A commercial launch pad will bring jobs, but at what cost?
ONE of the Caribbean's last jungles could soon echo to the sound of rocket launches. Guyana has agreed to sell a large tract of pristine swampy rainforest to a Texan rocket-launch company, Beal Aerospace, for just $7.50 a hectare.
The deal, signed last month, replaces Beal's original plan to build its $250 million launch pad on the Caribbean island of Sombrero in Anguilla, which angered environmental scientists (New Scientist, 12 February, p 22). Guyanese prime minister Samuel Hinds hailed the project-which could see more than 20 commercial satellite launches a year -- as "a quantum leap for Guyana into the new millennium".
But critics say the country will gain little economically, while rainforest dwellers will be thrown out of their homes, swamps drained, forests cut down and ancient archaeological remains trashed.
In the US, Beal Aerospace is testing 70-metre rockets fuelled with a mix of aviation fuel and hydrogen peroxide, which will carry 5-tonne payloads. The vice-president of Beal, David Spoede, says the company hopes to be launching from the site in Guyana in three to four years' time. Guyana is close to the equator, which is the best place to launch satellites into geostationary orbit above the equator. The European Space Agency's spaceport is in nearby French Guiana. From Guyana, the launch route eastwards will be over open ocean in case of mishaps.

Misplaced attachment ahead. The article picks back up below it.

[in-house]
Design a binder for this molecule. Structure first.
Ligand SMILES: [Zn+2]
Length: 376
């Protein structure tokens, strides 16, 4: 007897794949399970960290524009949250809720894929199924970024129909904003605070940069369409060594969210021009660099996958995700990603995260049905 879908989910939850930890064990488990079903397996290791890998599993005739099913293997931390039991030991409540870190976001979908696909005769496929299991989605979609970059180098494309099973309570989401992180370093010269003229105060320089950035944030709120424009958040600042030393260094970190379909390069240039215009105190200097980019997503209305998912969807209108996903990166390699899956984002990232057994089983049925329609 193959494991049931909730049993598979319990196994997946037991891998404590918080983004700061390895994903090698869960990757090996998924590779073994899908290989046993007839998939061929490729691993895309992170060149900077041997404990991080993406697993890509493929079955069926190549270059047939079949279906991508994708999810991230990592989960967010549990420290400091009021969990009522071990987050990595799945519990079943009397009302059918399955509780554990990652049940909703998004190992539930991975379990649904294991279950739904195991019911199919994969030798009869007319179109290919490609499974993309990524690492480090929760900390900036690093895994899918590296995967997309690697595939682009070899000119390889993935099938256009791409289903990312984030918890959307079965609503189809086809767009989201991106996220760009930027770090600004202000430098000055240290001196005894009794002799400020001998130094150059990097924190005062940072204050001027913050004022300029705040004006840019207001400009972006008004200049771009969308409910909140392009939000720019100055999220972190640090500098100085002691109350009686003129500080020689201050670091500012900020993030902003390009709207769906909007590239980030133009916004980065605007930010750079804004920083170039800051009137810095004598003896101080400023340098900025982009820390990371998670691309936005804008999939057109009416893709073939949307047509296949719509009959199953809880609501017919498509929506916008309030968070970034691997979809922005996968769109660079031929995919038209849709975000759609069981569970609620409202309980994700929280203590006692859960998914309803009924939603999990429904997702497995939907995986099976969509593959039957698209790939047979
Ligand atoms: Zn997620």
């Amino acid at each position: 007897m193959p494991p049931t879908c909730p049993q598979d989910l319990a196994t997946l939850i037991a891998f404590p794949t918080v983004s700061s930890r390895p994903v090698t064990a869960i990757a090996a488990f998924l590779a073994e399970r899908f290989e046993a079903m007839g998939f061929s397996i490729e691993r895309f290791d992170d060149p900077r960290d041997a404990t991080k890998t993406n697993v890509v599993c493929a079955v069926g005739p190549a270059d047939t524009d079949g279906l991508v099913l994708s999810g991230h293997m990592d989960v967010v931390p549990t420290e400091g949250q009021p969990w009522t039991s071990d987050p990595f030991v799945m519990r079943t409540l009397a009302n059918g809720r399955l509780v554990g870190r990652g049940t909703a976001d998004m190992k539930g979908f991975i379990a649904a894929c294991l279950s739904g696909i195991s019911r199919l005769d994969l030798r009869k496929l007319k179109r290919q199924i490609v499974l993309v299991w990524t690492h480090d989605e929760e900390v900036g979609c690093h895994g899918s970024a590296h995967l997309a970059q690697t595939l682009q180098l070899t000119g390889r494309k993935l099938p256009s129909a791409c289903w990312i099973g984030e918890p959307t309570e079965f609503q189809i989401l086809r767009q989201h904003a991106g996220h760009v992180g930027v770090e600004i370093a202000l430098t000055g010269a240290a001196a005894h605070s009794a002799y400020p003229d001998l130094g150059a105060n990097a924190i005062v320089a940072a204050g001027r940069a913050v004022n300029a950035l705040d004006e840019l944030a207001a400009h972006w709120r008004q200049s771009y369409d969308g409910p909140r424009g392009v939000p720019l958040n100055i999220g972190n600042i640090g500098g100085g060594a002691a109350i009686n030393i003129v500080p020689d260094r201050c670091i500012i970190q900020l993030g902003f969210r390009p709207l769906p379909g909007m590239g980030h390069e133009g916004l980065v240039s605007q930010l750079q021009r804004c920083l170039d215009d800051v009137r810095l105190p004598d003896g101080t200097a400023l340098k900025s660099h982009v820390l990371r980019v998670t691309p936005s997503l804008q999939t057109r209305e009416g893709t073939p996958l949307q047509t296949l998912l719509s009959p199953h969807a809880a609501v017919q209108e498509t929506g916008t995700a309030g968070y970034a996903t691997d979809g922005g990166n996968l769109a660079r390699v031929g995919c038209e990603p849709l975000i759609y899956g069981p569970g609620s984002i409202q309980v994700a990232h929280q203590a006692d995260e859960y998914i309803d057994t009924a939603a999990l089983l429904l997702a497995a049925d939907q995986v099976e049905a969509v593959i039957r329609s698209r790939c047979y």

Beal plans to buy, then partially drain, 100 square kilometres of swamp on the north bank of the River Waini and lease from Guyana a buffer zone three times as large. Hinds calls the site "generally unproductive land never before commercially utilised". But the deal documents acknowledge that up to 54 families living there would have to be moved. Sharon Atkinson of the Amerindian Peoples' Association in Guyana says many others will lose their right to hunt, fish and gather thatch and timber there.